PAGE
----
“When we look at disparities, we really have to look at structural factors, racism and implicit biases,” she said.

The virus is not well known to most primary care physicians, said Catherine Freeland, associate director of public health research at the Hepatitis B Foundation.

“Providers often misinterpret test results,” she said. “If you talk to someone in medical school, they don’t spend a lot of time on hepatitis B.”

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A 2020 survey also found that about 40% of Philadelphians at high risk of contracting the virus were uninsured and 70% of those with confirmed infections did not have a regular healthcare provider. Tests for this virus, as well as others conditions such as high cholesterol, diabetes and tuberculosis can be too costly for some.

The virus can be transmitted through sex or drug use, although a more common mode of transmission among immigrant populations is from mother to child at birth.

Carrying the virus can lead to discrimination and deportation in other countries, Freeland said, making people wary of testing. The perceived stigma of an infection means that some prefer not to be diagnosed or will not seek a vaccine or treatment.

“Giving people this diagnosis has to be done in a sensitive way,” said Jessica Deffler, a Jefferson physician working at the Wyss Center. “A lot of people are very shocked or nervous about it when they get this diagnosis.”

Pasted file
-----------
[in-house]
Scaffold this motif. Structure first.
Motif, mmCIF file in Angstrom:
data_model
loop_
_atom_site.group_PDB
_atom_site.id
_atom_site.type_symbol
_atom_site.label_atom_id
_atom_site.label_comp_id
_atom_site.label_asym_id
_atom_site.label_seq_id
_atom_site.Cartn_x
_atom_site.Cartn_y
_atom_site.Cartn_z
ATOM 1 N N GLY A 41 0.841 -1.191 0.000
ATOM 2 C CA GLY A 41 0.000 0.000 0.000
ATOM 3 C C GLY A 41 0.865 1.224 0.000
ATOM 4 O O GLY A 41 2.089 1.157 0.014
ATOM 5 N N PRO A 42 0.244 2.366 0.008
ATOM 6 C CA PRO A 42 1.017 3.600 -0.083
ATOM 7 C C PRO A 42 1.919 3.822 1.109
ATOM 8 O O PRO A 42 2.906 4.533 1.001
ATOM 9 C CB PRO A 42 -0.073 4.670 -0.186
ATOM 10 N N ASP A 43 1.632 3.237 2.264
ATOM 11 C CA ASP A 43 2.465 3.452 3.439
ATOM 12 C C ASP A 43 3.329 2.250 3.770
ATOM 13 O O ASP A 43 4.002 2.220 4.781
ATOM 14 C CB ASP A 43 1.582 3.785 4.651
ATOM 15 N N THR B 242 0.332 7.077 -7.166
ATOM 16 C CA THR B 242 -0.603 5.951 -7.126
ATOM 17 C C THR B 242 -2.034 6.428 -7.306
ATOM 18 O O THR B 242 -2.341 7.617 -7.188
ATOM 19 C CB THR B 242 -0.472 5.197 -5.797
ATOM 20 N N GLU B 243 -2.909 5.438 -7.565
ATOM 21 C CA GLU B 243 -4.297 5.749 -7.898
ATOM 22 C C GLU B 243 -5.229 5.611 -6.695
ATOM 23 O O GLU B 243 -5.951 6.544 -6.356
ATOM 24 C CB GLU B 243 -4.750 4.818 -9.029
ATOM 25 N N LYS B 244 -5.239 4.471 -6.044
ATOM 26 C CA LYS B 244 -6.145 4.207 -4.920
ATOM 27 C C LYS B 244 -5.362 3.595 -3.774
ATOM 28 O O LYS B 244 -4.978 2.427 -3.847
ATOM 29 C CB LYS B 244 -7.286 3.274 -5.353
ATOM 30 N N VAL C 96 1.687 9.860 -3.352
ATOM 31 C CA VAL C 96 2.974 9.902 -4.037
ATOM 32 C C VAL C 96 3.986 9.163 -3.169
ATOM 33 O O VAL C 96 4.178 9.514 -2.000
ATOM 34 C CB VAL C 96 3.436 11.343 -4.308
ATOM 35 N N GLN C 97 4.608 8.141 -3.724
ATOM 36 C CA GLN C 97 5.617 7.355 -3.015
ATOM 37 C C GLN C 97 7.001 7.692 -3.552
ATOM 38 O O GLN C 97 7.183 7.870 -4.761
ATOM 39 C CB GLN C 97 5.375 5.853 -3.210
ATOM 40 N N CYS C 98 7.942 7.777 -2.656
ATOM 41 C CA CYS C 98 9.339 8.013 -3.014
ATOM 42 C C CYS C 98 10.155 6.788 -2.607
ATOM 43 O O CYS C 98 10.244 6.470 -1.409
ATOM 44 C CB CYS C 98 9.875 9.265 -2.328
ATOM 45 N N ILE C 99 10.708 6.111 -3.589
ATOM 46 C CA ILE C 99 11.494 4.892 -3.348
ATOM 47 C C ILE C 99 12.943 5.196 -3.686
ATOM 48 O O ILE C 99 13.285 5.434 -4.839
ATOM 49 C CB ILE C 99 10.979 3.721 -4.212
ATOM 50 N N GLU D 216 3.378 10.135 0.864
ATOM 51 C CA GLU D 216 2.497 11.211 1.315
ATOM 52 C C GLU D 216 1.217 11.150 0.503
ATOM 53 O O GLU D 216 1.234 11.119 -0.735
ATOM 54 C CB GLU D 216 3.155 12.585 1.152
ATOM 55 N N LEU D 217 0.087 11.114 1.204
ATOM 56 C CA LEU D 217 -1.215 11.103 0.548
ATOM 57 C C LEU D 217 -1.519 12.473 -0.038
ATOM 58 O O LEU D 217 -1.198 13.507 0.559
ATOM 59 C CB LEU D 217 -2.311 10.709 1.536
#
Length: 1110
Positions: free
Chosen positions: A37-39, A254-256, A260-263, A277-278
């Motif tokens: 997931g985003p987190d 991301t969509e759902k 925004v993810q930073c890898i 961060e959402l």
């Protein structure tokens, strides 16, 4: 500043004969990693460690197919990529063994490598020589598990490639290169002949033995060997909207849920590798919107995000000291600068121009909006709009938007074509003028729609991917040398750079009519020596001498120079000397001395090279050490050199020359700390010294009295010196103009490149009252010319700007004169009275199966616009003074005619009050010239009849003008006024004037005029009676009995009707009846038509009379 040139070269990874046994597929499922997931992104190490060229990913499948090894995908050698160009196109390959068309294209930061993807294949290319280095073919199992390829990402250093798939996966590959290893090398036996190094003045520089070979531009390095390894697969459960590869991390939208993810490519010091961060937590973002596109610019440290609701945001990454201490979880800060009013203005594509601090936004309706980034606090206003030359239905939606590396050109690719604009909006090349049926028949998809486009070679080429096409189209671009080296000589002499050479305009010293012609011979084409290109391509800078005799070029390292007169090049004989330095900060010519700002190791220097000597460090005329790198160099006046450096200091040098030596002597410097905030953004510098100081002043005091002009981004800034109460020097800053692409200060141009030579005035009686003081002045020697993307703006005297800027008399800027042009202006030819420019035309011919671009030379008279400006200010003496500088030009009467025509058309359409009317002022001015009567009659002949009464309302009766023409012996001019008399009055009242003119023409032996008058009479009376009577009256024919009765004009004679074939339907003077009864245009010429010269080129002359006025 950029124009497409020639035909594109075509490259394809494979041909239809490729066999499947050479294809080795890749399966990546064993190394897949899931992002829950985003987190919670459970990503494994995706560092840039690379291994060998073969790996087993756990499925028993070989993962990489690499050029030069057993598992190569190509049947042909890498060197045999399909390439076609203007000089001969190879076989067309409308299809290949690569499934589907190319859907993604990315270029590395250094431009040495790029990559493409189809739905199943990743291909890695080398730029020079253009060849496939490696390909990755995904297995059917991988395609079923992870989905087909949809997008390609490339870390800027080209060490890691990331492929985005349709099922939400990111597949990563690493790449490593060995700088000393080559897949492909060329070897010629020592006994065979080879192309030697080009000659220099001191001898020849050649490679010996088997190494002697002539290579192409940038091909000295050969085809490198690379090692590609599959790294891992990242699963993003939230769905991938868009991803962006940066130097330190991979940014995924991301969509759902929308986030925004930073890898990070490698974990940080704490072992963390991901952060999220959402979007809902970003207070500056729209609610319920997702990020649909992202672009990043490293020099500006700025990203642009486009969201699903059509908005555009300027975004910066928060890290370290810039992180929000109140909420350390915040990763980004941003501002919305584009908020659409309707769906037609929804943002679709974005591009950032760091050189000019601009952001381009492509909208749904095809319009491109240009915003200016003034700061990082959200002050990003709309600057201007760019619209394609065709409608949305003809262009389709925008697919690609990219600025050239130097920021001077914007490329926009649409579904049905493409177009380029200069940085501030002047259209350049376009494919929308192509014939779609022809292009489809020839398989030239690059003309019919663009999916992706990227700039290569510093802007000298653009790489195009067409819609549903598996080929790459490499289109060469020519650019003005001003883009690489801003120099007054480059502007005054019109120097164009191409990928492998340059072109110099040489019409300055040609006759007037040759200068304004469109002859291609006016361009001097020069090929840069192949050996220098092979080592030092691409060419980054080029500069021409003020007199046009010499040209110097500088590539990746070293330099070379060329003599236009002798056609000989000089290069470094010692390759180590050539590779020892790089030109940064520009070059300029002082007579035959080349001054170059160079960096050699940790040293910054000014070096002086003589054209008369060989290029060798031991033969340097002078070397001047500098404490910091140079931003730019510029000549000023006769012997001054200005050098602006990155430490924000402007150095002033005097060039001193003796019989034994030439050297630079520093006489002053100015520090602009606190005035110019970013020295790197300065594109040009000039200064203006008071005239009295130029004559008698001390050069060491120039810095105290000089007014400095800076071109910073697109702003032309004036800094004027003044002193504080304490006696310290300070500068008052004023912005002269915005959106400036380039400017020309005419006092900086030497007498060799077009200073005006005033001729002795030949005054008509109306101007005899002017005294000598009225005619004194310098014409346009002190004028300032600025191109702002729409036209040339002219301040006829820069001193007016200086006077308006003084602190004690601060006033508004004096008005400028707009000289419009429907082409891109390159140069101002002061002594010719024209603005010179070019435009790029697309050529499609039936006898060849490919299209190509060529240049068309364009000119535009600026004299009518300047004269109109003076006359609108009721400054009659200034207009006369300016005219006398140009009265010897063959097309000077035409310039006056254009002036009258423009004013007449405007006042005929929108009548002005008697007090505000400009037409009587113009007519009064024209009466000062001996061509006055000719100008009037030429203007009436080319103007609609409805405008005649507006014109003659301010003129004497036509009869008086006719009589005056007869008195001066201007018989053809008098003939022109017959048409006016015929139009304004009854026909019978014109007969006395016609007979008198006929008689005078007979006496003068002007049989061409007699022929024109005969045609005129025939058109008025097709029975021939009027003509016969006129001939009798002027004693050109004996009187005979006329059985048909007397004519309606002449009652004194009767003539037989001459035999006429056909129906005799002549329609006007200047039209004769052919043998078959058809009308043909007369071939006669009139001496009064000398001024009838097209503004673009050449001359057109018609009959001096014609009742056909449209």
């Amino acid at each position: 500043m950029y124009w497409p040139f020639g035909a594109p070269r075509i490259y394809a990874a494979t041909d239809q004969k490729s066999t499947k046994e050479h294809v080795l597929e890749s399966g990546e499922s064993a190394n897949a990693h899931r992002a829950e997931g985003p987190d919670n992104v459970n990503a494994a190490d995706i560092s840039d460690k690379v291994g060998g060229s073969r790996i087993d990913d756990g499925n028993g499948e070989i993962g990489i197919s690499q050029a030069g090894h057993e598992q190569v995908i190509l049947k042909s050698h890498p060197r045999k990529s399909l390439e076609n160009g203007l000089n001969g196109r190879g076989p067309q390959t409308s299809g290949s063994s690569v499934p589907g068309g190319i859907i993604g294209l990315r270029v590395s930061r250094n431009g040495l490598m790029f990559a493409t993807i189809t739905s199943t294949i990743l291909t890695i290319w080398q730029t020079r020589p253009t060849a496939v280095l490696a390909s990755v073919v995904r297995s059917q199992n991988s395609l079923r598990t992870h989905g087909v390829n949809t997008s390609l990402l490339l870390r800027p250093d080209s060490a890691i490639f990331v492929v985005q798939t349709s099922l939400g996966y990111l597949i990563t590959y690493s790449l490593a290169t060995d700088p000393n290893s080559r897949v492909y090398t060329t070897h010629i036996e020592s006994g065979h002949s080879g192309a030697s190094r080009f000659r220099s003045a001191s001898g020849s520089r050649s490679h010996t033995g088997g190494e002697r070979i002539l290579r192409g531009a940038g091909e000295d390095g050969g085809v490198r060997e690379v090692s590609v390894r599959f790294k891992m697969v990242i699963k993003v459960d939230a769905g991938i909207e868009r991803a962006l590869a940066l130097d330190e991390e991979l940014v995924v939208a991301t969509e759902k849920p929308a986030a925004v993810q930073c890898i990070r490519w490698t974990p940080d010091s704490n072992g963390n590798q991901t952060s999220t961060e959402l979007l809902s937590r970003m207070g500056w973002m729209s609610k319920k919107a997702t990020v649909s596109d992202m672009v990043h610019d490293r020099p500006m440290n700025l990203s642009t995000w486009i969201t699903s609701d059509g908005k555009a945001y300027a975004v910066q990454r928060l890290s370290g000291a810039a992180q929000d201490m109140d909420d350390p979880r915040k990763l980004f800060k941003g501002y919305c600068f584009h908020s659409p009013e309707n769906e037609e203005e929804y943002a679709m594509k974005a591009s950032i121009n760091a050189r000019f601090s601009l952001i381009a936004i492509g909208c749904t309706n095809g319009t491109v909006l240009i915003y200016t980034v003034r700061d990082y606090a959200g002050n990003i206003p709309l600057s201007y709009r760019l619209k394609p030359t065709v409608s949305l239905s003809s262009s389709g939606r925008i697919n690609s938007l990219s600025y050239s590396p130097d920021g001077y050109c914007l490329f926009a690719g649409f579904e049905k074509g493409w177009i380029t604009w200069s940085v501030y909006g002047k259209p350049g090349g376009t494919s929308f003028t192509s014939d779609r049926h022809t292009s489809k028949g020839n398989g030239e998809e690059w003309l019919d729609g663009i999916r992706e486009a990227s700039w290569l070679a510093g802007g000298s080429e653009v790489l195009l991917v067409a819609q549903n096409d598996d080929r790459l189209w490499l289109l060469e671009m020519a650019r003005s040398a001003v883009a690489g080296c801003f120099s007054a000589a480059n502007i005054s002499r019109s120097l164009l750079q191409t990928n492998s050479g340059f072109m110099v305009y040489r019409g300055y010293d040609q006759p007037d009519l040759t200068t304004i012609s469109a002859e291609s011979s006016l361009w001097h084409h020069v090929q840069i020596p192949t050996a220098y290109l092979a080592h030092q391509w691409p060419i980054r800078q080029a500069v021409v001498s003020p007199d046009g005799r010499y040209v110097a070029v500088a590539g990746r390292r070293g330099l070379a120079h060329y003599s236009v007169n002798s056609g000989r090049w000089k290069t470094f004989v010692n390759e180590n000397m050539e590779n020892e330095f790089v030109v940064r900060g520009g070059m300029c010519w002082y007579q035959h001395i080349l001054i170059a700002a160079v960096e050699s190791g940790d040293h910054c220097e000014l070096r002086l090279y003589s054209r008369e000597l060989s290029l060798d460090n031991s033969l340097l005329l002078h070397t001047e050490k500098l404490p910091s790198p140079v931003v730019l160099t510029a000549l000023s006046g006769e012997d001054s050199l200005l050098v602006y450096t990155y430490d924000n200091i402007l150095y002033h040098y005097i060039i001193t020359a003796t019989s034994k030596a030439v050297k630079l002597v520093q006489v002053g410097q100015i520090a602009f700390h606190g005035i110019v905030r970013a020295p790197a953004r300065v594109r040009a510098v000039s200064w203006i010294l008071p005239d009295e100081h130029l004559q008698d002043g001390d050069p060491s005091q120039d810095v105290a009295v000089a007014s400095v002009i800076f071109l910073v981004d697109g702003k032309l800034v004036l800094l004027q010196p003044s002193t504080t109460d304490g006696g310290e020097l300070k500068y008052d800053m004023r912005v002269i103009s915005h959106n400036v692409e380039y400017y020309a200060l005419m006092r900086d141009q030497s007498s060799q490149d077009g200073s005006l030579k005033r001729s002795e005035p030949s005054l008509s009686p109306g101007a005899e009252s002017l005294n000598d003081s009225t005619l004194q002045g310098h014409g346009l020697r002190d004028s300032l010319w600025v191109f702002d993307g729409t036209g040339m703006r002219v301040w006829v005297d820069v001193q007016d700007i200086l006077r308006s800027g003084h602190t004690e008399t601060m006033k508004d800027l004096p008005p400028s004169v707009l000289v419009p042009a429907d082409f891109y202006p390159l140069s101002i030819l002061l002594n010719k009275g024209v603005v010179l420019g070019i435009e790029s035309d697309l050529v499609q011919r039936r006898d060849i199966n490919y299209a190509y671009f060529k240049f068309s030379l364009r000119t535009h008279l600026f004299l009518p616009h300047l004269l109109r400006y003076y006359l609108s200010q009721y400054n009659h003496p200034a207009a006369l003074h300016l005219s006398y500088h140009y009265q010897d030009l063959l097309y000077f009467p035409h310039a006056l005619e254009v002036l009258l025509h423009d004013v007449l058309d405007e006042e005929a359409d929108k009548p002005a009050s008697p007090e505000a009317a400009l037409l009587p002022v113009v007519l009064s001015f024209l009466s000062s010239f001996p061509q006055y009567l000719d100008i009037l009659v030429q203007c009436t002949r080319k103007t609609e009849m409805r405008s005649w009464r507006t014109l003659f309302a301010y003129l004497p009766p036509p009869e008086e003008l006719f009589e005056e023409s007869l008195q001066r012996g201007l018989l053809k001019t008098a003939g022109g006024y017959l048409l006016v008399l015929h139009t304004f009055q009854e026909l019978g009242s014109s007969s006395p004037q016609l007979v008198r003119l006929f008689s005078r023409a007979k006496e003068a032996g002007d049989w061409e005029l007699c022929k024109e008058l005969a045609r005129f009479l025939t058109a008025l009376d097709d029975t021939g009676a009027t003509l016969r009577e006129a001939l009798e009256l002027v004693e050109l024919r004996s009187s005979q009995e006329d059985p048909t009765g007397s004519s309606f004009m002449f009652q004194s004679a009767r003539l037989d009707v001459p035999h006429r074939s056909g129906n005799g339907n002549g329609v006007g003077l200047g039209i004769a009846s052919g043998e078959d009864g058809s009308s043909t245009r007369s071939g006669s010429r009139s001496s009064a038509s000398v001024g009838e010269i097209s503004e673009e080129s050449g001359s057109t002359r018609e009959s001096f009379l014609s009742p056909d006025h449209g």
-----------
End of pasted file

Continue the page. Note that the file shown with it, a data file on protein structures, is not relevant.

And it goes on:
The Wyss Center opened in the Bok Building in March 2021 near the large South Asian community of Philadelphia specifically to serve the diverse cultures and nationalities represented there.

Ming Tio, 75, an immigrant from Indonesia, doesn’t speak enough English to contest $800 in medical bills. He learned from a friend that Wyss could help him. A retired worker, Tio described the medical situation debt related to a car accident in 2021 as “stressful”.

“He knows it’s an invoice, but he doesn’t know what to do,” said Evelyn Kurniadi, an outreach worker at Wyss, flipping through the invoices.

Slowly, during a phone call in which Kurniadi helped Tio and a Jefferson employee communicate, she made progress in understanding the bills.

Kurniadi often has five people a day turning to her, she said, to make sure they are heard by health care and public support agencies.

In addition to the languages ​​spoken by center staff, the clinic uses iPads with an app, CyraCom, which connects doctors with interpreters who speak hundreds of languages.

The app was an essential tool for Tong Trinh, 67, who came to the Wyss center with knee and leg pain.

“Seven months ago my left leg was weak, but my right leg was just fine,” the Vietnamese immigrant, who arrived in the United States in 2006, said through the interpreter. “Over the past seven months I have also started experiencing pain and weakness in my right leg.”

Trinh’s hearing difficulties, as well as misunderstandings between him and the interpreter, made the conversation interrupted and sometimes frustrating. Still, Deffler, Jefferson’s doctor at Wyss, was able to communicate with him about his condition, advise him on how to plan his medications, and prescribe Tylenol and blood pressure medication.

She noted that cultural competence can be taught.

“It’s about listening and being open,” she says.